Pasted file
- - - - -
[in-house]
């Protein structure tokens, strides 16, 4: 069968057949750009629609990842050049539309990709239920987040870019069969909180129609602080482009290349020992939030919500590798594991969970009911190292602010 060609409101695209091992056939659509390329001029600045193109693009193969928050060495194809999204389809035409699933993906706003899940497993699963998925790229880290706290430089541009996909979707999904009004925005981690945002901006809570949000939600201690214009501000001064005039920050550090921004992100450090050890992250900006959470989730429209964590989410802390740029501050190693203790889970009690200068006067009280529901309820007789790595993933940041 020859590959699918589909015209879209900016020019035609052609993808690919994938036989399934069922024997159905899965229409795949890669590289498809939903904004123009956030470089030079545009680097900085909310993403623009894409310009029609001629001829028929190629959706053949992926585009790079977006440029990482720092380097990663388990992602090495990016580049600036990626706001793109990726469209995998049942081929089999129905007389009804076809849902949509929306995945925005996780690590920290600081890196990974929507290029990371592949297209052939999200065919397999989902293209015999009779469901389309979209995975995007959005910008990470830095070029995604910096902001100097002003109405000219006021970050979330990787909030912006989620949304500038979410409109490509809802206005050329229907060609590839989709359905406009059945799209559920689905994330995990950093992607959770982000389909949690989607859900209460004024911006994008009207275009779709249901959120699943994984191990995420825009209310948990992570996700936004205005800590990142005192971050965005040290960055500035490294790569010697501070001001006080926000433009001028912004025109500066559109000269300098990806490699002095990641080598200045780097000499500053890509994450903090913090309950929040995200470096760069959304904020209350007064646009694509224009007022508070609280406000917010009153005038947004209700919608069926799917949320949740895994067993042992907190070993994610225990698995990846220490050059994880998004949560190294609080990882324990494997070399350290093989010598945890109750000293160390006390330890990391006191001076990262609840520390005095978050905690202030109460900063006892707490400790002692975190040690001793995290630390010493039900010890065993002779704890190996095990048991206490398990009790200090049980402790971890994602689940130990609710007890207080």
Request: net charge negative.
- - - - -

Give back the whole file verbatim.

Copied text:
[in-house]
């Protein structure tokens, strides 16, 4: 069968057949750009629609990842050049539309990709239920987040870019069969909180129609602080482009290349020992939030919500590798594991969970009911190292602010 060609409101695209091992056939659509390329001029600045193109693009193969928050060495194809999204389809035409699933993906706003899940497993699963998925790229880290706290430089541009996909979707999904009004925005981690945002901006809570949000939600201690214009501000001064005039920050550090921004992100450090050890992250900006959470989730429209964590989410802390740029501050190693203790889970009690200068006067009280529901309820007789790595993933940041 020859590959699918589909015209879209900016020019035609052609993808690919994938036989399934069922024997159905899965229409795949890669590289498809939903904004123009956030470089030079545009680097900085909310993403623009894409310009029609001629001829028929190629959706053949992926585009790079977006440029990482720092380097990663388990992602090495990016580049600036990626706001793109990726469209995998049942081929089999129905007389009804076809849902949509929306995945925005996780690590920290600081890196990974929507290029990371592949297209052939999200065919397999989902293209015999009779469901389309979209995975995007959005910008990470830095070029995604910096902001100097002003109405000219006021970050979330990787909030912006989620949304500038979410409109490509809802206005050329229907060609590839989709359905406009059945799209559920689905994330995990950093992607959770982000389909949690989607859900209460004024911006994008009207275009779709249901959120699943994984191990995420825009209310948990992570996700936004205005800590990142005192971050965005040290960055500035490294790569010697501070001001006080926000433009001028912004025109500066559109000269300098990806490699002095990641080598200045780097000499500053890509994450903090913090309950929040995200470096760069959304904020209350007064646009694509224009007022508070609280406000917010009153005038947004209700919608069926799917949320949740895994067993042992907190070993994610225990698995990846220490050059994880998004949560190294609080990882324990494997070399350290093989010598945890109750000293160390006390330890990391006191001076990262609840520390005095978050905690202030109460900063006892707490400790002692975190040690001793995290630390010493039900010890065993002779704890190996095990048991206490398990009790200090049980402790971890994602689940130990609710007890207080």
Request: net charge negative.